Land finance, i.e., a city government’s revenue, depends deeply on the revenue from transferring multiannual land use rights and is a phenomenon unique to China. However, due to increasingly tense land supply, increasingly prominent social conflicts, and the slowdown of urbanization in China, the country is entering what we may label the “post-land finance” era. Therefore, revenue from land finance is decreasing, which threatens the sustainability of Chinese city governments’ debt, especially in major cities. This paper tests the long-term sustainability of major Chinese city governments’ debt. Different from intuition, the empirical results show that the debt of these major city governments is still sustainable at the macro level. This paper also constructs a quadratic function model to predict the critical value of the local government debt. Our results suggest that despite the fact that debt is still sustainable, critical value may be reached quickly, as debt is growing rapidly. There is thus a need for local fiscal reform that divides financial power and authority between the local governments and the central government more reasonable and clearly, improves the current assessment mechanism of local governments’ officials, and speeds up the legislative work on property taxes.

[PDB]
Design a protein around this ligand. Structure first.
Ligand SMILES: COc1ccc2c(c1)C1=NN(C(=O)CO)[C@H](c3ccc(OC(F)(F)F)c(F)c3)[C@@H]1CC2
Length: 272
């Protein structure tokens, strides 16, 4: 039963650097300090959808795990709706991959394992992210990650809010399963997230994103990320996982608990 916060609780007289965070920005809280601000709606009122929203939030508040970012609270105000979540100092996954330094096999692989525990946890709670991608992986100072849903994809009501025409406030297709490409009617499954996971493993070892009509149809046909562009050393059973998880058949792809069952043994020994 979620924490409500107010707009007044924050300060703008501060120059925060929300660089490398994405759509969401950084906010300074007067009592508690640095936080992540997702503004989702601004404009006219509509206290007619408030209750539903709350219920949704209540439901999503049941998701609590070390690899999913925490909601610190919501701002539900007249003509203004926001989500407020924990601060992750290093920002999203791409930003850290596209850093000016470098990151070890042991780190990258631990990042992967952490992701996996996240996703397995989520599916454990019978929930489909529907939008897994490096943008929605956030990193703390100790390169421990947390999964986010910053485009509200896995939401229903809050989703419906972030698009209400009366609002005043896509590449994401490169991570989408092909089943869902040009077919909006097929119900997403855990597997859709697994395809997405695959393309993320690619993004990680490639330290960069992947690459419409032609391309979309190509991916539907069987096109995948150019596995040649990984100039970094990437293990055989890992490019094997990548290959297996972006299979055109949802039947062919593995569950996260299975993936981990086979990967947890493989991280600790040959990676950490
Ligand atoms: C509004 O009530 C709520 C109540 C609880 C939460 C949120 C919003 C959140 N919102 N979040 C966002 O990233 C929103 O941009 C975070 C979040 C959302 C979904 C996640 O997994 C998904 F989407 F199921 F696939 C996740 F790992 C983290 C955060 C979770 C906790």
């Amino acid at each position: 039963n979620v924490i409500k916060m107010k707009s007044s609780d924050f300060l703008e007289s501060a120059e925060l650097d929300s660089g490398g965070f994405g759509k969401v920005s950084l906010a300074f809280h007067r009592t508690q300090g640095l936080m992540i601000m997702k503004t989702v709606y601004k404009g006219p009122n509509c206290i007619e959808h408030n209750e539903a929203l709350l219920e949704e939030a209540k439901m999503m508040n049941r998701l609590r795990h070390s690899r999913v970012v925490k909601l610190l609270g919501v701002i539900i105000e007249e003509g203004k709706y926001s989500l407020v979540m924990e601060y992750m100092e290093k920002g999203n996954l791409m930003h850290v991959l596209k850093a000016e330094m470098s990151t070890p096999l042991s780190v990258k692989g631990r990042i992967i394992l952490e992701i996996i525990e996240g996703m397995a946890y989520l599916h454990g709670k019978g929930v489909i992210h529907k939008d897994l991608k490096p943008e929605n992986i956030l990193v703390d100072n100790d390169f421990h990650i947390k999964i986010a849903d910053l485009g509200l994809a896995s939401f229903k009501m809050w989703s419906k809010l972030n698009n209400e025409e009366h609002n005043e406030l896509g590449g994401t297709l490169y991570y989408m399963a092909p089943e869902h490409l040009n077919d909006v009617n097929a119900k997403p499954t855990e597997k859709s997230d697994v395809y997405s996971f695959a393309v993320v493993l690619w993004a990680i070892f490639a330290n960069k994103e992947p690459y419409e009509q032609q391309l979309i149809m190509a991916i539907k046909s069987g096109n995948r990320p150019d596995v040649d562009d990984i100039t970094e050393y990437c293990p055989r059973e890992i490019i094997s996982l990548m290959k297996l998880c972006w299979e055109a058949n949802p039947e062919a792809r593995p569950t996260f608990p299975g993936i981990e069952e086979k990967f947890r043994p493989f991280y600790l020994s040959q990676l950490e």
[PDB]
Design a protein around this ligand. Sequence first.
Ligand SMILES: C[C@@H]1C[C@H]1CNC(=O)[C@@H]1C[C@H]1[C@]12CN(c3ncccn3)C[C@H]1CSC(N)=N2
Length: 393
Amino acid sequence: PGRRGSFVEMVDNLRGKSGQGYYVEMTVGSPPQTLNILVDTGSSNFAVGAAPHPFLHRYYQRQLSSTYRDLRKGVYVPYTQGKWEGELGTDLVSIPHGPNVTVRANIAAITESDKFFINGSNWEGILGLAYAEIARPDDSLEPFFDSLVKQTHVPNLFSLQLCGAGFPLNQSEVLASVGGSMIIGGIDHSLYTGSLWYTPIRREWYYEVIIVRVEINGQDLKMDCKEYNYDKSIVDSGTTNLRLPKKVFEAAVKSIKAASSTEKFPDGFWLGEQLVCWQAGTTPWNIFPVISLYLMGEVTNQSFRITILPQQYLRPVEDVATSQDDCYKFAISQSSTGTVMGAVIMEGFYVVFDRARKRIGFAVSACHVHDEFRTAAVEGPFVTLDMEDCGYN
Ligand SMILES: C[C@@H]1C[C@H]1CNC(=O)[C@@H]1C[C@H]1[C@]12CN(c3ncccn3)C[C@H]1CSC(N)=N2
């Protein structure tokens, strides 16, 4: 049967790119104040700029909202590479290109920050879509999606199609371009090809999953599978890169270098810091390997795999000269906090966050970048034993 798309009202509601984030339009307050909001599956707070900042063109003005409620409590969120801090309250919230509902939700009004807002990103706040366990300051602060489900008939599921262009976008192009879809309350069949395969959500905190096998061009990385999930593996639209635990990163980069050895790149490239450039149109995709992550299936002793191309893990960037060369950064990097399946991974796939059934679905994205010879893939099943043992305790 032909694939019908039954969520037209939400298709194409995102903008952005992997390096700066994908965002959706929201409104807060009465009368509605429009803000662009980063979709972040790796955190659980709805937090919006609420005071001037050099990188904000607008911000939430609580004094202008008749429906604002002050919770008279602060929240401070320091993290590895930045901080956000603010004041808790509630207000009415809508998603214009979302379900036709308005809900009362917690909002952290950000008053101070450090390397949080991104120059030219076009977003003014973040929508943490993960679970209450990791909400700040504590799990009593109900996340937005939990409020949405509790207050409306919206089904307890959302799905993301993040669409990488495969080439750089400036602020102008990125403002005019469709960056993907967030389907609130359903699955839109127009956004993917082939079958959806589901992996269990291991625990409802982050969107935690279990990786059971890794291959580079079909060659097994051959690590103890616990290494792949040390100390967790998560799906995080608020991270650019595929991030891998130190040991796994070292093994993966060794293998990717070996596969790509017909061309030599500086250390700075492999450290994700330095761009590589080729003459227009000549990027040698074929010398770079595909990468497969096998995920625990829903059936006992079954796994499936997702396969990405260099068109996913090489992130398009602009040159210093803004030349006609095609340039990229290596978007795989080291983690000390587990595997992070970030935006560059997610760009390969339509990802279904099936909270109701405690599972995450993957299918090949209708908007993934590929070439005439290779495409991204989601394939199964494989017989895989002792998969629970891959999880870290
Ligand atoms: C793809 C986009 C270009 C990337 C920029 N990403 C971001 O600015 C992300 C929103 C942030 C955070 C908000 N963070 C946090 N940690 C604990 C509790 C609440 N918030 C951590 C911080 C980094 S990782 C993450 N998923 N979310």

This is an open access article distributed under the Creative Commons Attribution License
which permits unrestricted use, distribution, and reproduction in any medium, provided the original work is properly cited